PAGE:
Sail Canada: Olympic Selection and Future Direction
Published on June 28th, 2016
Scuttlebutt Sailing News has heard from people who are troubled that Canada is not sending a full team to the 2016 Olympic Games. Apparently Sail Canada has heard from them too. Here is a statement from Todd Irving, President of Sail Canada…
As we prepare to send members of the Canadian Sailing Team to Rio, I take this opportunity to provide an update on Sail Canada’s Olympic Selection Process and more generally, the future direction of our sport in Canada. We’ve appreciated hearing from those who are passionate about our country’s high performance sailing. With any change comes interest, concern and higher engagement.
To understand the selection process, it’s helpful to broaden the context to the 2008 Beijing and 2012 London Olympics. The results for Canadian Sailors and subsequent concern about lack of performance and downward trend at the Games called for action. There was significant sentiment expressed by our sailing community that Sail Canada (then CYA) needed to “up our game” and improve our Olympic performances. This was reinforced by the directives and funding support models coming from Sport Canada through Own the Podium (OTP).
As a result, we developed ‘Vision 2020’ in consultation with our stakeholders across the country. This plan was led by the Athlete Development Committee (ADC) and our National Team coaches. The focus of the program was towards performance over participation. This was to address the concern that we had become a nation of sailors who were more focused on getting to the Games than actually performing at them.
With much of the senior National Team retiring after 2012, Vision 2020 was established to redirect the culture of the national team to one of effort and pride in “wearing the jersey” and the success that represented. With limited resources, we consolidated efforts around select ‘supported’ classes in which we could establish a world-class daily training environment.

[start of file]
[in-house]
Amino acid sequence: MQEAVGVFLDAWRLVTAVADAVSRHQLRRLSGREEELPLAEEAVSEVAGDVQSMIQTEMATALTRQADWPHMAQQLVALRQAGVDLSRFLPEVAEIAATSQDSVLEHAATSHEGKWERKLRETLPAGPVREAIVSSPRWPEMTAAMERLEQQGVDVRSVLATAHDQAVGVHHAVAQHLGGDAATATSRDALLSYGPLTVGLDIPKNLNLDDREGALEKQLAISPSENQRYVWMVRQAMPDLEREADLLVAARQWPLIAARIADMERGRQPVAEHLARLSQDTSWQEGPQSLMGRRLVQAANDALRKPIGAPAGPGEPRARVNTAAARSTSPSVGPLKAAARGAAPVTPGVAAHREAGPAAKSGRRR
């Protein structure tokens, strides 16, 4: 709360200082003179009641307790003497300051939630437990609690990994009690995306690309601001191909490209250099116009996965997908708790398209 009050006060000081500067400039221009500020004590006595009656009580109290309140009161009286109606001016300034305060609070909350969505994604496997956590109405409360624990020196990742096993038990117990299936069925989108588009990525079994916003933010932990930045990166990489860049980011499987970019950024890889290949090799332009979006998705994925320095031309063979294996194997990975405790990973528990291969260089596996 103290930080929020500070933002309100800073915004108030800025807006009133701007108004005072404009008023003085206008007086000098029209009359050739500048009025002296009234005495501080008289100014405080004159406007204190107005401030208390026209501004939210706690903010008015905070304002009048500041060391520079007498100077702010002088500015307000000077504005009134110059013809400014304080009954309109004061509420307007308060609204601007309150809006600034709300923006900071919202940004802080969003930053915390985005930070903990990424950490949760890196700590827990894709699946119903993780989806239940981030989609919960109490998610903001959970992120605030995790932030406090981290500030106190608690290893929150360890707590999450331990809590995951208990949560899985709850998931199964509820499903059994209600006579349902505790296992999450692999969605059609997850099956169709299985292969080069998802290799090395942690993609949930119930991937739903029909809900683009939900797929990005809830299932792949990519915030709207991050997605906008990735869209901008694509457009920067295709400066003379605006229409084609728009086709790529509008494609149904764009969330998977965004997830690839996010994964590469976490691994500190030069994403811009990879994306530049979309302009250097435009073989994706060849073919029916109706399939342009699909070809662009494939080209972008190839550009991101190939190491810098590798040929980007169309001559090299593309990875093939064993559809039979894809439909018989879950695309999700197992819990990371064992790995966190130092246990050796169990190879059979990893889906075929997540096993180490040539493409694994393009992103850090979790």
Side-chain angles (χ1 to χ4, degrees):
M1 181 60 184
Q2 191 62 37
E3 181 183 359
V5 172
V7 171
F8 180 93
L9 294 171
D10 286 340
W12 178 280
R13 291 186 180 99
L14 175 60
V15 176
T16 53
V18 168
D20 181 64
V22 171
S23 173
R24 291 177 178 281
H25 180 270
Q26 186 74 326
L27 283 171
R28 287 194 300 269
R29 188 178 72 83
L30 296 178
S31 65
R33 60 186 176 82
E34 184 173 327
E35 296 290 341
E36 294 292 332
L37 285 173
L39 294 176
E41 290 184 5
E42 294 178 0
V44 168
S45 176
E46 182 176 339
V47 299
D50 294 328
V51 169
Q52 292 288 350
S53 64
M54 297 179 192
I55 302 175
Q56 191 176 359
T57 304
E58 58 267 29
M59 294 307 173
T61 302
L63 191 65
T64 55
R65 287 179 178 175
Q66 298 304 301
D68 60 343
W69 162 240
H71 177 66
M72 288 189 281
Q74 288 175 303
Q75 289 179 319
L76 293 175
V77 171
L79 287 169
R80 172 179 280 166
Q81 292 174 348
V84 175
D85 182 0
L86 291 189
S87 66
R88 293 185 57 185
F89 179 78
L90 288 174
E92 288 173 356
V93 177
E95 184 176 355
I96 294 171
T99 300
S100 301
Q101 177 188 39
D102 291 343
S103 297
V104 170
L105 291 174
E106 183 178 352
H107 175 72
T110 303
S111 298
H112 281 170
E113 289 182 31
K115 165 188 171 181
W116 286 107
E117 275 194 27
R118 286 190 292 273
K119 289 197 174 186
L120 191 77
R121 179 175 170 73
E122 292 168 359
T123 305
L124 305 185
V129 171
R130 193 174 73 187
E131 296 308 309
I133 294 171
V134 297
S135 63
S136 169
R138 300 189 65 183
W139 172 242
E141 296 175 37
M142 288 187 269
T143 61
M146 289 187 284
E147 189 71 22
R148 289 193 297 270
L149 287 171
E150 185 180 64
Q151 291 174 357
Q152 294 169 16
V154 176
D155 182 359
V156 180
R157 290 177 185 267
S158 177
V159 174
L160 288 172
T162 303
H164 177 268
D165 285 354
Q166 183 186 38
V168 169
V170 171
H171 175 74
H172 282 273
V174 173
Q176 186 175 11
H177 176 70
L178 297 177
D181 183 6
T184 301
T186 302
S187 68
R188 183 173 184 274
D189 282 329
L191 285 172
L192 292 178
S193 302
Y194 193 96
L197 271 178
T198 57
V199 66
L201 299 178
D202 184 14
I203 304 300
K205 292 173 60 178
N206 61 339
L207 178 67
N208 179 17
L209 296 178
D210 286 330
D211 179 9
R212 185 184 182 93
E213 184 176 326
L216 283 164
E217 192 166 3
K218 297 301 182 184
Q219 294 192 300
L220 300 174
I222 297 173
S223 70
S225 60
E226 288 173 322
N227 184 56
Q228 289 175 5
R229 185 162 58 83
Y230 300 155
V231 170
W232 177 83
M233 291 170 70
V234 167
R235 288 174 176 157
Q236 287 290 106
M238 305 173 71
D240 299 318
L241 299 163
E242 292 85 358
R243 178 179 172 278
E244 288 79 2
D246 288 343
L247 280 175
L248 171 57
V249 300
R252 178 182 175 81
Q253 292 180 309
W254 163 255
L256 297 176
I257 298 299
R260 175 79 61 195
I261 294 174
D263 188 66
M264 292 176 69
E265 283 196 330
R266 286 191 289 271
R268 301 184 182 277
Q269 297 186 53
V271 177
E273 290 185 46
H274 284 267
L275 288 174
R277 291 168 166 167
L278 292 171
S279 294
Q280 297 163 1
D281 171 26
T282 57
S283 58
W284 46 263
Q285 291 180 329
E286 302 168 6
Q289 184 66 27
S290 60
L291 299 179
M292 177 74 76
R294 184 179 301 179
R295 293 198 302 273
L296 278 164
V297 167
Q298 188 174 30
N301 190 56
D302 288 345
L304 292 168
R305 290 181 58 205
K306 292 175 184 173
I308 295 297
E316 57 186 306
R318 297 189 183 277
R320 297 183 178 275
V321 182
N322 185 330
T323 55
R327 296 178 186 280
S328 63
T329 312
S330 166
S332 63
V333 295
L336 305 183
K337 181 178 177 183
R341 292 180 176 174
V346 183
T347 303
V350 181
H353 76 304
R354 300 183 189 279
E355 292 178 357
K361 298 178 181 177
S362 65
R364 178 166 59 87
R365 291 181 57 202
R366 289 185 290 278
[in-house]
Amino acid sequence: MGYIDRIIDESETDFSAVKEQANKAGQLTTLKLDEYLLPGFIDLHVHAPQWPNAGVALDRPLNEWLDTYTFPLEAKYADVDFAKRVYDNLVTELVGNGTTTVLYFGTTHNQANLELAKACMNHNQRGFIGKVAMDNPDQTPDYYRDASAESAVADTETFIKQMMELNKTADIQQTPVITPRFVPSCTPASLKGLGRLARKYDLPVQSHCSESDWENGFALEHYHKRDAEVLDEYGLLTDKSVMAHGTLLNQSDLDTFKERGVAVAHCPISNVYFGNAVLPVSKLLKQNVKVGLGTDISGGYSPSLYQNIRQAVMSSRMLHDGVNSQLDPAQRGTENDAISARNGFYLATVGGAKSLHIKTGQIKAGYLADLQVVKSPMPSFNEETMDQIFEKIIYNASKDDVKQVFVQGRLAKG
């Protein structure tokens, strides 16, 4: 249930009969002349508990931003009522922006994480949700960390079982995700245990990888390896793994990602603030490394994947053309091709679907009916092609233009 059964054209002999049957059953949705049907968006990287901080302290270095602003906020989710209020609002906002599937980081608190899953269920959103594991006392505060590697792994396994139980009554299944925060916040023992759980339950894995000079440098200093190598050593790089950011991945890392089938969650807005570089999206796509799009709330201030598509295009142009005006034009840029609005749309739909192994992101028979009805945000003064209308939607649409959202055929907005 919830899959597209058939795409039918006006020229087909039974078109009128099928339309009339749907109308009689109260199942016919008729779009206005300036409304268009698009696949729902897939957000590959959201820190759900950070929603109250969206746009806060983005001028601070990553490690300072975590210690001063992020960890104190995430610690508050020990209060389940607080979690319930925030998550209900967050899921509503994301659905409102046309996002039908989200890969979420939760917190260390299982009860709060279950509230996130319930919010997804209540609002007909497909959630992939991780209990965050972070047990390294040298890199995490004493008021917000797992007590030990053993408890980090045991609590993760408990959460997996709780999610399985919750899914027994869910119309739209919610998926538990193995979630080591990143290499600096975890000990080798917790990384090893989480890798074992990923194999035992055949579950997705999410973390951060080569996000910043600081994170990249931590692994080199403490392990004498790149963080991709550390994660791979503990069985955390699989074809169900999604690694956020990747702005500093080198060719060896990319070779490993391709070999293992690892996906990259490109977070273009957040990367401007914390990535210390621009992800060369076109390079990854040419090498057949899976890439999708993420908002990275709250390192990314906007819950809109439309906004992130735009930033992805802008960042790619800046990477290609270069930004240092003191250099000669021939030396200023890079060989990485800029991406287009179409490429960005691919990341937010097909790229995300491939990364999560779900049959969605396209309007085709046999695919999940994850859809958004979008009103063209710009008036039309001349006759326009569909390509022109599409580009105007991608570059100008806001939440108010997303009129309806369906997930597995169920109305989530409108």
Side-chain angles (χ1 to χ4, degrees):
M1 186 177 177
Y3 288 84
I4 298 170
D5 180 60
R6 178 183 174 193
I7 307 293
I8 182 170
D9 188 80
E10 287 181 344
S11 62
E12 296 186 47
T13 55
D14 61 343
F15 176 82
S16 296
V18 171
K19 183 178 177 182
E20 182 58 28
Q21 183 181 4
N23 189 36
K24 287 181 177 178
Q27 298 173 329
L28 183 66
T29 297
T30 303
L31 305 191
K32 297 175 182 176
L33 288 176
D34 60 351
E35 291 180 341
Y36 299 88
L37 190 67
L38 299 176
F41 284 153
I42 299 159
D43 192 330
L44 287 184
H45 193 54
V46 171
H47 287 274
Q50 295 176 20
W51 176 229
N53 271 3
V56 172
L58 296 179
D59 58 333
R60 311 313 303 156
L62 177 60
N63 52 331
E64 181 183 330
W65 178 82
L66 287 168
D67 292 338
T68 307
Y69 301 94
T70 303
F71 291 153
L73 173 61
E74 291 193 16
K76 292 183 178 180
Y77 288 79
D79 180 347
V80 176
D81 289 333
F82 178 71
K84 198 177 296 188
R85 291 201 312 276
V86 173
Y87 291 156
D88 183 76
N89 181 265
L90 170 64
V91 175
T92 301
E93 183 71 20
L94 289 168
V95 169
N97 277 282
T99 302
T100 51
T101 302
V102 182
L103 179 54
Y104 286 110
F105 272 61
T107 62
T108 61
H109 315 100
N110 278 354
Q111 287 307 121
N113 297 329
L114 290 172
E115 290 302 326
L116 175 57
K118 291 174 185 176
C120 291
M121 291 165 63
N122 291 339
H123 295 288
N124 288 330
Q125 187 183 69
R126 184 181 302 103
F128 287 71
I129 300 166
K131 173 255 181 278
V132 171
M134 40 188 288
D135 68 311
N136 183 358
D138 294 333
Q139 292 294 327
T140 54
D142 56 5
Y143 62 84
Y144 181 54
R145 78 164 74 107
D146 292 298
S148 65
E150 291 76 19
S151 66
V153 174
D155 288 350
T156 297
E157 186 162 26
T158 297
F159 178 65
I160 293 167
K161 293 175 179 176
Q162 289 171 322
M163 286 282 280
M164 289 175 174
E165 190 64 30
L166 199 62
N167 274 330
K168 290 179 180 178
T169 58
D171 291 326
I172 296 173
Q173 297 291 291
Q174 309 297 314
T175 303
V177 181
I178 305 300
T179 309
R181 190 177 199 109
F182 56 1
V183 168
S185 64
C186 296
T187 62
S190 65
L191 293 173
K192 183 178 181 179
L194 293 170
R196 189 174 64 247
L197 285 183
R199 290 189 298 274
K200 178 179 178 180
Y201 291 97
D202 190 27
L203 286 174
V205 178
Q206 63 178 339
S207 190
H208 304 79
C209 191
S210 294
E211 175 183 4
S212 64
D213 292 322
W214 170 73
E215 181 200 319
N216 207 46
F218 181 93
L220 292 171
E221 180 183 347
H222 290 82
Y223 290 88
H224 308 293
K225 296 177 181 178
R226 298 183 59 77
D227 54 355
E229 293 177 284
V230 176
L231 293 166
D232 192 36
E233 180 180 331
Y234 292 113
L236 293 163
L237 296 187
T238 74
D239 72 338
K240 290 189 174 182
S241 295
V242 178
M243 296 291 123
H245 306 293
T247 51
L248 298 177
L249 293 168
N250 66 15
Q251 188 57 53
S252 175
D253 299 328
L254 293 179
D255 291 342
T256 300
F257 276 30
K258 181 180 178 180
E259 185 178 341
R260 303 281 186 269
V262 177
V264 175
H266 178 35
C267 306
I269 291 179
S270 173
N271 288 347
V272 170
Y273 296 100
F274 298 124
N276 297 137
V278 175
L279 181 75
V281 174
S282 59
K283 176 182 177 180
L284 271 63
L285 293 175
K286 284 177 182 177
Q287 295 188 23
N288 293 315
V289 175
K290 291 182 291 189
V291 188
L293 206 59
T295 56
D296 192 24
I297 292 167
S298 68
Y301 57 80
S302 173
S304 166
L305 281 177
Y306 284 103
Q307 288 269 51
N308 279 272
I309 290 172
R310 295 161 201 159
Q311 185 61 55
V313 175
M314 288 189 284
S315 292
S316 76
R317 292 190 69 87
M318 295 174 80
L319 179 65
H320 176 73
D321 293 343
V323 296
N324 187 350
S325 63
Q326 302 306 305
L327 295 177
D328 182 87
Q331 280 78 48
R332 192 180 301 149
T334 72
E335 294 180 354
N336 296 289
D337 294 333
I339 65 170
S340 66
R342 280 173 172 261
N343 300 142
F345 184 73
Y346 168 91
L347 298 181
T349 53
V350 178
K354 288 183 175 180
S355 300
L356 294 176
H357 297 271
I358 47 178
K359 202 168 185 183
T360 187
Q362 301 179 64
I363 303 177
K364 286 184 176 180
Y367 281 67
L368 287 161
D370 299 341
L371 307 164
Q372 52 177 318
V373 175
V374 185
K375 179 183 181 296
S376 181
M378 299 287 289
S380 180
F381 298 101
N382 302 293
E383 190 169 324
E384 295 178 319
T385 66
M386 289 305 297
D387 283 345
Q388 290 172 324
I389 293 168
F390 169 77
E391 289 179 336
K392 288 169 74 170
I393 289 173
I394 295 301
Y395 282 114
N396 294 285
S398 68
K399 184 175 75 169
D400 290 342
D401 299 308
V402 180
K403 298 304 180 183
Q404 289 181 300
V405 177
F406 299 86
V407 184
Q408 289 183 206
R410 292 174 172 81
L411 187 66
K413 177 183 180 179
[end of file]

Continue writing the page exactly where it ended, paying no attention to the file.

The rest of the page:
Training was centred on training groups with the critical mass to elevate performance, and employed greater coaching resources including a minimum 200 coached days on the water, in an effort to give us the best chance for improved performance in RIO 2016 and medal success by 2020.
The Laser, Laser Radial, 49er and 49er FX were the classes chosen to lead the way. And we all understood that there was no “silver bullet”; no quick solution. Other than under exceptional circumstances, changing direction and priority in any organization requires focus and support over an extended period of time.
Prior to this quadrennial, Olympic qualification was a relatively high bar which Canada often did not meet in all classes. Changes in philosophy and the approach to qualification emerged from the International Olympic Committee’s (IOC) desire to see all continents and a greater breadth of nations represented, especially developing nations. World Sailing (then ISAF) thus moved to a model that included regional qualifiers in each continent.
This move was made in consultation with the National Federations and was designed to ensure participation from developing nations and allow for better gender representation. With North America only represented by Canada and the United States in many classes, these changes had the unintended effect of enabling Canada to qualify in 9 of 10 classes with a few of them merely by virtue of registering for the Sailing World Cup Miami regatta.
The ADC developed Selection Criteria for the Games was published in April 2015 and communicated and clarified to the teams on multiple occasions. The intent of the criteria, given the push from Sail Canada’s stakeholders for excellence at the Games, was to ensure that the team Sail Canada sends to Rio de Janeiro and future Games is one that can compete with the field.
In making this determination, the ADC looked at evidence of results analyzed against the competitors at those events and the Olympic sailors competing from the other nations. As determined by the ‘Own the Podium’ model, the focus and priorities both in funding and coaching resources was given to the athletes who are tracking towards the greatest potential results at the games. The direction from the ADC, the Coaches, supported by the board and backed by OTP is one of performance over participation.